Weekend 5-13-12

I attended commencement this past Friday, which is unusual for me. Under normal circumstances I stay far away from campus over commencement weekend, and for good reason. This is a weekend on which noise is made and the lawns of law-abiding citizens are vomited upon. I do not have a lawn — I live in an apartment building, which is good because plants, including lawns, are not one of my areas of strength — but you hear things, sometimes. I know someone who knows someone who lives near a bunch of frat houses at a large southern state school in Alabama and she has a pair of “condom tongs.” I guess we should be glad the kids are using protection though, right? And indeed who among us has not, at some point, thrown up on and/or gotten it on near someone else’s lawn?

The reason I attended this time was that my cousin was graduating from the business school. Normally there is a sort of natural antipathy between business school types and people like me — or perhaps antipathy is a strong word. A kind of mutual incomprehension. They condescend to us and we secretly suspect that their discipline has no content. But never mind that right now. I approve of commerce. I do not doubt that business schools are teaching something. I have no idea what it is, but I’m sure it’s something.

Anyway, I genuinely like my cousin and wish her well, so I went to the business school commencement. There was what I suppose was intended to be an inspiring speech by a guy who runs some large company, in which he used phrases like “taking the initiative” and “growing a business” and mentioned “leadership” a lot. I was not inspired, but I was not the target audience, so I’m sure it was fine. People seemed to like it.

There was a brass quintet! My aunt (my cousin’s mom) is also in a brass quintet and she and I both cringed a little at the volume of the sound – they’d miked the quintet, which, being a brass quintet, was plenty loud to begin with. (My aunt plays the French horn.) But we were outdoors in a tent, so I guess they were worried the sound wouldn’t carry. It did, I assure you.

There is no real point to this story, other than the brass quintet. My aunt and I do not see eye to eye on many things. She is a creationist, for example. She also believes that the government destroys everything it touches and I . . . I am a state employee. As of August, I will be teaching at a public university. But we can have a meeting of the minds as far as music is concerned.

6 thoughts on “Weekend 5-13-12

  1. I think you can feel quite comfortable about the business school for business schools do teach things but they have almost nothing to do with business. I speak with the authority of someone who for many years managed graduates of the world’s finest business schools. The truth is the business school is a sort of Nature reserve for displaced social scientists. Can’t get funding to study headhunters in New Guinea, go study GM workers in Dayton and so on.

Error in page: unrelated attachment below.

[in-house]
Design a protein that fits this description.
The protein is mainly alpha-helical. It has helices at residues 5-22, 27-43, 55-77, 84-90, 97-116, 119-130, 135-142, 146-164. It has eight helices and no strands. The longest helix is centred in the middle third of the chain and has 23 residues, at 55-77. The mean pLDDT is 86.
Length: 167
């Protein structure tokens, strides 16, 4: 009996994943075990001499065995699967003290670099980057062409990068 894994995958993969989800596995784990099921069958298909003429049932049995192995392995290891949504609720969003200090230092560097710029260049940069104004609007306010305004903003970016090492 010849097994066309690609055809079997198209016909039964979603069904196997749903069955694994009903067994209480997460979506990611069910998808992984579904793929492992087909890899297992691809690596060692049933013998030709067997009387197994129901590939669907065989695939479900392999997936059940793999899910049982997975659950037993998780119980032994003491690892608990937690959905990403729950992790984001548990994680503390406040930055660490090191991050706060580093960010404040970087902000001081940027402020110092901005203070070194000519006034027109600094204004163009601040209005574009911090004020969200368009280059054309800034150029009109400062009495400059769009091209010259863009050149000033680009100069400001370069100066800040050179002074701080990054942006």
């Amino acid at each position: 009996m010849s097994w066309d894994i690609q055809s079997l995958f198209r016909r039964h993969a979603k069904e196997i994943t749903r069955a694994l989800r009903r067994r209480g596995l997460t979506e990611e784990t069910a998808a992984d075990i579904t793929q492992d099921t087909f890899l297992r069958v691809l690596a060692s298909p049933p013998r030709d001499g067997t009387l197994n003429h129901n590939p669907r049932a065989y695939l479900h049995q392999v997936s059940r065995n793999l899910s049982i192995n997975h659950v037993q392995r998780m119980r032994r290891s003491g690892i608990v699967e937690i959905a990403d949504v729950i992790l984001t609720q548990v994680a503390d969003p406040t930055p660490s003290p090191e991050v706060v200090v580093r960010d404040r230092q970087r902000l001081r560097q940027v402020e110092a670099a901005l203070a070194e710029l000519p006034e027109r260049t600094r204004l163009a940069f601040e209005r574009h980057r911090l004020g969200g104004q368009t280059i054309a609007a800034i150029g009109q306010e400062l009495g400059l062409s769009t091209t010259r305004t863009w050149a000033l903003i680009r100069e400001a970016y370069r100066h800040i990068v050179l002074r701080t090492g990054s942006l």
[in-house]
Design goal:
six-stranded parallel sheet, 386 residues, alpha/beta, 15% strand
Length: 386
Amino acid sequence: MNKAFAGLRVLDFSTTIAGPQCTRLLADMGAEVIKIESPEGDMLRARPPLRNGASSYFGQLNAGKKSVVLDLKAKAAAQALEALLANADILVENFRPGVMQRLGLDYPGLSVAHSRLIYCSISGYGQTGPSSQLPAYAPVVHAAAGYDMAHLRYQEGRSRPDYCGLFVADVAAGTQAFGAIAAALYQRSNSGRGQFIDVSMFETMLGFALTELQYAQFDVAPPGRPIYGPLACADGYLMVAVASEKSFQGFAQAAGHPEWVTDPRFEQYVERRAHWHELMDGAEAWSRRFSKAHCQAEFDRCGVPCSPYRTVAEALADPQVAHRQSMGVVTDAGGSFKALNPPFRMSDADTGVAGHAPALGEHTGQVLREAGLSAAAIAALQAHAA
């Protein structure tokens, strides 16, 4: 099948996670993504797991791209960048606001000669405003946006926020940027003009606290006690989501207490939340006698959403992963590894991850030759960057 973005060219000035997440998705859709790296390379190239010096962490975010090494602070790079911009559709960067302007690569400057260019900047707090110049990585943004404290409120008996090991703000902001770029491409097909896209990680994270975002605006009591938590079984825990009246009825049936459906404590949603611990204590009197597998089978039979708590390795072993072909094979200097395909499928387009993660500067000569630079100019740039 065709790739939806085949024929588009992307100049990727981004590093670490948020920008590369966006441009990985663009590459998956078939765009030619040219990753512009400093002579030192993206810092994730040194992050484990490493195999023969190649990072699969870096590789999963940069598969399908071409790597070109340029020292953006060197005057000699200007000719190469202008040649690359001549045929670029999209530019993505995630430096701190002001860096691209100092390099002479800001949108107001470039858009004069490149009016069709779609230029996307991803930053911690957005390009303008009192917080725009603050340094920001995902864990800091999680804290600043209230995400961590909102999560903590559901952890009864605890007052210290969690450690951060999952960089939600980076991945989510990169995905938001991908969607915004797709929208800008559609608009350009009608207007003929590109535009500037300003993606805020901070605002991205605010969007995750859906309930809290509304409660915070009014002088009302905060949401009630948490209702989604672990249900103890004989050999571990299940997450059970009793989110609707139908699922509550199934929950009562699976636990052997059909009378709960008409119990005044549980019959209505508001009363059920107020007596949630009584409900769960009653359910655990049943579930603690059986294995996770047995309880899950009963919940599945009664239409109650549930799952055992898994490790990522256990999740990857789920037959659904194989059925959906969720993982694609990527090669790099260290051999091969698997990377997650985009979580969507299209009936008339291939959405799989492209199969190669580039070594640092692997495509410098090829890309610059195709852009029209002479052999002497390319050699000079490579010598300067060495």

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    1. Excepting the ones educated abroad, I doubt any one of the business majors at my school would have known what New Guinea is. It clearly wasn’t among the world’s finest business schools, but it did suck up a lot of the university’s budget to no clear advantage, either to the university or to civilization as a whole.

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      1. Ah yes, undergraduate business “education” really is rather pointless. My experience was with MBAs. Most of them had a degree in something a bit less contentless as well.

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        1. I get the impression from my cousin (now an MBA!) and others that the coursework and research/projects are a mixture, depending on the student’s focus – sometimes it’s economics or psychology/sociology and sometimes it’s more technical stuff like accounting, all of which clearly have content and purpose – but there seems to be a significant slice of it all devoted to buzzwords, networking and handshakes, which is the part that always makes me wonder about content.

          Did the MBAs you worked with tend to find that what they learned was worthwhile? If so, I take back the statement about lacking content.

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          1. There is some core content to an MBA that is highly relevant; cost accounting, basic marketing theory, some strategic frameworks. IMO most of that can be learned in about six weeks (that’s how I did it!). Most of the rest is case studies plus a load of BS. The case study stuff might be better learned on the job. I suspect there’s more teachable stuff for corporate finance specialists (not my field) but for core ops, strategy, marketing most of the theory is junk.

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            1. Ok – this makes sense to me. Sounds like the students are learning things that are useful/important to know, but there may be a fair amount of padding going into making it into a full two-year degree.

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